2022 Silver Beaver Award Nominations

In Scouting, we say “it’s about the youth” and none of our adults are involved for the recognition, but every now and then we need to say thanks especially to those volunteers whose leadership and example has left a lasting positive impact on the program and the broader community. One way we do that is through nominating a Scouter for the Silver Beaver Award, the highest adult recognition a council can bestow. Take a few moments to reflect on volunteers within your unit or district and consider nominating them for the Silver Beaver Award.

A detailed nomination form is available by clicking here and all nominations must be received by Friday, December 3, 2021.

Completed nominations should be emailed to:  awards@mayflowerbsa.org.  The awards will be presented at the Council’s Recognition Dinner to be held January 26, 2022.

Frequently asked questions about the Silver Beaver Award:

Overview

To recognize registered Scouters of exceptional character who have provided distinguished service within a council.  The award is presented by the National Court of Honor on behalf of councils.

Who Can Earn This Award?

Anyone may nominate any deserving registered Scouter to the council, which selects recipients for the following year. Each council may process their own annual allotment of Silver Beaver awards and shall send a list of Silver Beaver awards presented each calendar year to the National Court of Honor no later than January 31 of the following year.




What is a Unit Key 3?

Unit Key 3

Behind every great Scouting unit is a committed Key 3. These are the three top adult individuals within each pack, troop, crew, or ship. Each member of the Key 3 needs to understand his or her role and feel empowered to serve.

The Unit Key 3 is a critical component to the success of the unit. The unit Key 3 consists of:

  • Committee Chair – The top volunteer in the unit is the Committee Chair. They are responsible for ensuring enough qualified adult volunteers are in place to provide the program. They lead the unit committee meetings.
  • Unit Leader – The leader of the unit meeting is the unit leader (Cubmaster, Scoutmaster, Crew Advisor, Skipper) and is responsible for developing and delivering the “program.”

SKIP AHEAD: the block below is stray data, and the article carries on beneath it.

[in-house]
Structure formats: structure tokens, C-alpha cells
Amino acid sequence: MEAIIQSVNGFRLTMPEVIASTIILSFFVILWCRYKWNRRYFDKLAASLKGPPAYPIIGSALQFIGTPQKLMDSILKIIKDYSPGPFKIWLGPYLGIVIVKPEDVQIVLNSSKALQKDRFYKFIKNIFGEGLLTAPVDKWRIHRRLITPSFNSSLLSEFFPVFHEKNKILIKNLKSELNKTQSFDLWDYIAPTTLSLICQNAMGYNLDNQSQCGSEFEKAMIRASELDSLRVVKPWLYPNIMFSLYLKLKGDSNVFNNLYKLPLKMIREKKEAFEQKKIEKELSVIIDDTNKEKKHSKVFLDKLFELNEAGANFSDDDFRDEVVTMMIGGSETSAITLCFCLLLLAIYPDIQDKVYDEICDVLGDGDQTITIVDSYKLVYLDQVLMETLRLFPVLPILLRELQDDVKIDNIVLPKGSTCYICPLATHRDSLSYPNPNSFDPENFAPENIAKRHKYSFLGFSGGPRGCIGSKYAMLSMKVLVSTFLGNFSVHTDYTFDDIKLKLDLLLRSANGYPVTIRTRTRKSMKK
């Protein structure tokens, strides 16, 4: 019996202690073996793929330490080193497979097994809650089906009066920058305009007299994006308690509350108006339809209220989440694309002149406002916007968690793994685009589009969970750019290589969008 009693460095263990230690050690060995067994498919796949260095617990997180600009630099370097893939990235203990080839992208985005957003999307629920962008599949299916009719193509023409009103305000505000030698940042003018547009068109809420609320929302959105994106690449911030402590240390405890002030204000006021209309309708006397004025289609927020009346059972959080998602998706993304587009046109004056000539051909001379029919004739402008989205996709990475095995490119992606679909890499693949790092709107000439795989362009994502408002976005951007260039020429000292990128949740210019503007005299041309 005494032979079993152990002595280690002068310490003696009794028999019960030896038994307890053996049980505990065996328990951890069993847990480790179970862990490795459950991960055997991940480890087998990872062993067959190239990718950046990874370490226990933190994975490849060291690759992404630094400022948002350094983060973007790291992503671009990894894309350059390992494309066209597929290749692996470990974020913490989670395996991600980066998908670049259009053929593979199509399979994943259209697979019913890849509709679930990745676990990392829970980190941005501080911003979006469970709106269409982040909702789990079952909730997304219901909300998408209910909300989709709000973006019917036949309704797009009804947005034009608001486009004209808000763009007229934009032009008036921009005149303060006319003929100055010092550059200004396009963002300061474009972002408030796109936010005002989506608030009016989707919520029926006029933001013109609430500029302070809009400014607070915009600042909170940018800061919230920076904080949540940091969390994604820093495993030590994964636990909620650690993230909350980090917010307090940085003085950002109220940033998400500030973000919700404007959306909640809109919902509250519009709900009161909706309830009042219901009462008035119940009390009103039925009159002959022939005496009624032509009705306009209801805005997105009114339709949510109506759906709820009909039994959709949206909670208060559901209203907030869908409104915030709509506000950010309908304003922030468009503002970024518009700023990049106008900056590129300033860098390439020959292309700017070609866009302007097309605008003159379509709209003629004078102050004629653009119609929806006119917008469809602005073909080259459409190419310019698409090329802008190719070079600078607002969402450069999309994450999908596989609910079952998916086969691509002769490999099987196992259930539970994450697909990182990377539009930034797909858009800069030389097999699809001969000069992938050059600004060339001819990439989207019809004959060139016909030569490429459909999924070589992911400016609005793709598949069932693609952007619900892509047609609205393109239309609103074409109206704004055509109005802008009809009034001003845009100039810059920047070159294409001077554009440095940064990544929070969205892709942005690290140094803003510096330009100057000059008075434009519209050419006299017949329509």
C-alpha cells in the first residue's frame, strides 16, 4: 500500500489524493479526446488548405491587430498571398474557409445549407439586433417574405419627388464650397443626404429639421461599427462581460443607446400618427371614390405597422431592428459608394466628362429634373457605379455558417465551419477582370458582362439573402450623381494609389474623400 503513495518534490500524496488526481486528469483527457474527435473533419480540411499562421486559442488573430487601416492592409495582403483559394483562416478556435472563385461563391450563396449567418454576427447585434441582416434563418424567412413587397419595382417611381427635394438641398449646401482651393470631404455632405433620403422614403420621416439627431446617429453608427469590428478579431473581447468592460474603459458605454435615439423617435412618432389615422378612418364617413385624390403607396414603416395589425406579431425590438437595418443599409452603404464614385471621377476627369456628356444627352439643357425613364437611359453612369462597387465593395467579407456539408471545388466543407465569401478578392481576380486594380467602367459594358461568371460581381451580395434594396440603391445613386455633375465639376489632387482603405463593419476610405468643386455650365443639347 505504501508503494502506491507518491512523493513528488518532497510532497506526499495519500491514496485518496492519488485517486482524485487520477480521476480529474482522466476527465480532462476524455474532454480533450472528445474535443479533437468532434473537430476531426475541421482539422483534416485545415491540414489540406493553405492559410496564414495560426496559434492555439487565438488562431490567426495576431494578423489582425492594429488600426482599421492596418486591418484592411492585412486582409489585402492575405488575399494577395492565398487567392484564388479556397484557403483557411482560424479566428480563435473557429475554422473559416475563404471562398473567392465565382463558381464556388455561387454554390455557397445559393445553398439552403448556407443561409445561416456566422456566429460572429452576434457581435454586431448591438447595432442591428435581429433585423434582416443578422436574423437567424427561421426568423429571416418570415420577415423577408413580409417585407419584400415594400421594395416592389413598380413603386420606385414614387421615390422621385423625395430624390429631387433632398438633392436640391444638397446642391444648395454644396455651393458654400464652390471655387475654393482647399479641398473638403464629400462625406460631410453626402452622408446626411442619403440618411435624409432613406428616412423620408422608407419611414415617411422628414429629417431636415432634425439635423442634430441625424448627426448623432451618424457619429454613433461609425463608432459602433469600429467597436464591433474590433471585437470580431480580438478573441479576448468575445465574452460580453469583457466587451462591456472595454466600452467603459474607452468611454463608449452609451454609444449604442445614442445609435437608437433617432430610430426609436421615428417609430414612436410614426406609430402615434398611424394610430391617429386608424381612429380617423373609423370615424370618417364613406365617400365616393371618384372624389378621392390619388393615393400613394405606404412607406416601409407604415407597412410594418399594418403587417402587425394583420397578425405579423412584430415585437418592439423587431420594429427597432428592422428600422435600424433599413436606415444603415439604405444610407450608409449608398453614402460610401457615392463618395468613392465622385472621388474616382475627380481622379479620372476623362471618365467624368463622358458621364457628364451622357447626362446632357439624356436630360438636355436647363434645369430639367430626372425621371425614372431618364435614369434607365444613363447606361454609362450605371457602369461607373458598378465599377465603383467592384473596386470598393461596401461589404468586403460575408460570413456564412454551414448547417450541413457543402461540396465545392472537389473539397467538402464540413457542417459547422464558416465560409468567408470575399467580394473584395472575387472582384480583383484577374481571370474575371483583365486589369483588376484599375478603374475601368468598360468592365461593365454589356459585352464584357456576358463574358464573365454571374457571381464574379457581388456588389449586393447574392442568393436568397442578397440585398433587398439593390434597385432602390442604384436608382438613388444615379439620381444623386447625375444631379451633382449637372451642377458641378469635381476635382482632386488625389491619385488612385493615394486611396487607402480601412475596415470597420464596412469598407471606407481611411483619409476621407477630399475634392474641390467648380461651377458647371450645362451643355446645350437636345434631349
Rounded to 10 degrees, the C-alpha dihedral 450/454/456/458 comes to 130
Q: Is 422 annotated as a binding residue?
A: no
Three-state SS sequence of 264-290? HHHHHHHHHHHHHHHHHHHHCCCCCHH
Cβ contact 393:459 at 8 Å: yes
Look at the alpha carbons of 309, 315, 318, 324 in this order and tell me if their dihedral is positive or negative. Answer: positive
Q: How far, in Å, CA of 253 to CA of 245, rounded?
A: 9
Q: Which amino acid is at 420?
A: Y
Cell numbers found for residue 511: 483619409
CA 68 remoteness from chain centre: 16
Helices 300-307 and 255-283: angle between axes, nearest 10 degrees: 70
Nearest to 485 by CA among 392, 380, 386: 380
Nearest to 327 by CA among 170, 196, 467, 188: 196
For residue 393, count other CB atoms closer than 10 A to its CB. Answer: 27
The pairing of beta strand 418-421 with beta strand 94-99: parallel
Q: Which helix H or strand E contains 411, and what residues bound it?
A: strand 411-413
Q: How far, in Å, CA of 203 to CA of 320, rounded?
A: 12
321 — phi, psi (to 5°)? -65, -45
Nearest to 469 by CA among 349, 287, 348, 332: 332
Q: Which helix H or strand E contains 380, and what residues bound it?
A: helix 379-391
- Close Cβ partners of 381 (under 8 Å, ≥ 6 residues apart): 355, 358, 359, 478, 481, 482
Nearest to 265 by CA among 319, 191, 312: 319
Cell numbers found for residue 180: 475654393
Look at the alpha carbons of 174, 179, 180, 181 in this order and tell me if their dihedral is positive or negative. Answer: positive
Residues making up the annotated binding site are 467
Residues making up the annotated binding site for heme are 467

• Chartered Organization Representative (COR) – This person appoints the unit committee chair and approves all adult leaders. They provide resources from the chartered organization.

The Key 3 addresses unit challenges, checks on Journey to Excellence status, and adjusts program and administrative elements to ensure unit progress toward Journey to Excellence.

Role of the Unit Key 3

  • This group meets frequently to discuss the unit, its challenges, coming events, and progress toward completing their action plan and Journey to Excellence goals.
  • Ensures that a monthly program and unit budget plan are in place and on track. These items are critical for unit success. Encourage long-range planning for a positive experience for all.
  • Support systems that will ensure a well-organized unit are: the monthly Unit Key 3 meeting, monthly committee and leader meetings, and regular parent meetings.
  • Encourages a unit-wide communication system. Communication takes many forms: newsletter, phone tree, email, website, app. Whatever fits the unit.
  • Encourages training of all registered adults in the unit. Encourages them to take This Is Scouting and Leader Specific Training for their position prior to their first meeting. Vigorously enforces Youth Protection Training. Makes sure the adult leaders are aware of training opportunities. Through the district commissioner, enlists the help of the training team to bring adult leader training to the unit if necessary.
  • Helps unit leaders get additional training as needed. Through the unit and district commissioners, requests progressive specialty training as needed. Topics might include recruiting youth members, information on Friends of Scouting, advancement, etc. While it is the responsibility of the district committee, it may be necessary to conduct sections of this training at the unit level.
  • Encourages participation in district activities. Encourages attendance at roundtable, district activities, and camping opportunities. Keeps the district and council calendars in mind when helping the Unit Key 3 schedule unit meetings and events.

My.Scouting.org – Accomplish A Wide Varity of Things

You can use My.Scouting.org for a wide variety of things. Parents can use it to transfer their Scout from one unit to another (how-to PDF), such as when a Webelos moves from a pack to a troop. Adult leaders can use it to take position-specific training. The Key 3 can use it to accept online applications and must use it to complete the annual rechartering of their unit.

In addition to these functions, this portal provides all adults access to their personal account data, a place to update contact information, and…yes, the ability to complete YPT. Make sure your My.Scouting.org profile contains your BSA member ID number; that way, your training record will automatically update when you finish an online course. BSA member ID numbers do not transfer from one council to another, but you can include both in your profile if you have IDs from multiple councils.

When setting up a My.Scouting.org account, be sure to link it to your Mayflower Council BSA member ID number. Forgot your ID number, your username or your password? Not sure if you have a member ID number or a My.Scouting.org account? Contact the Membership & Unit Service Team (membership@mayflowerbsa.org) before you create a new account– we can check to see if you have a member ID number, provide your username, and reset your password.

In the “BSA Web Links” section of My.Scouting.org (under “Menu”), you’ll also find links to Internet Advancement, the National Safety Council Defensive Driving Course, and Service Hours Reporting. Unit leaders have access to their unit roster and other information designed to help in managing the unit.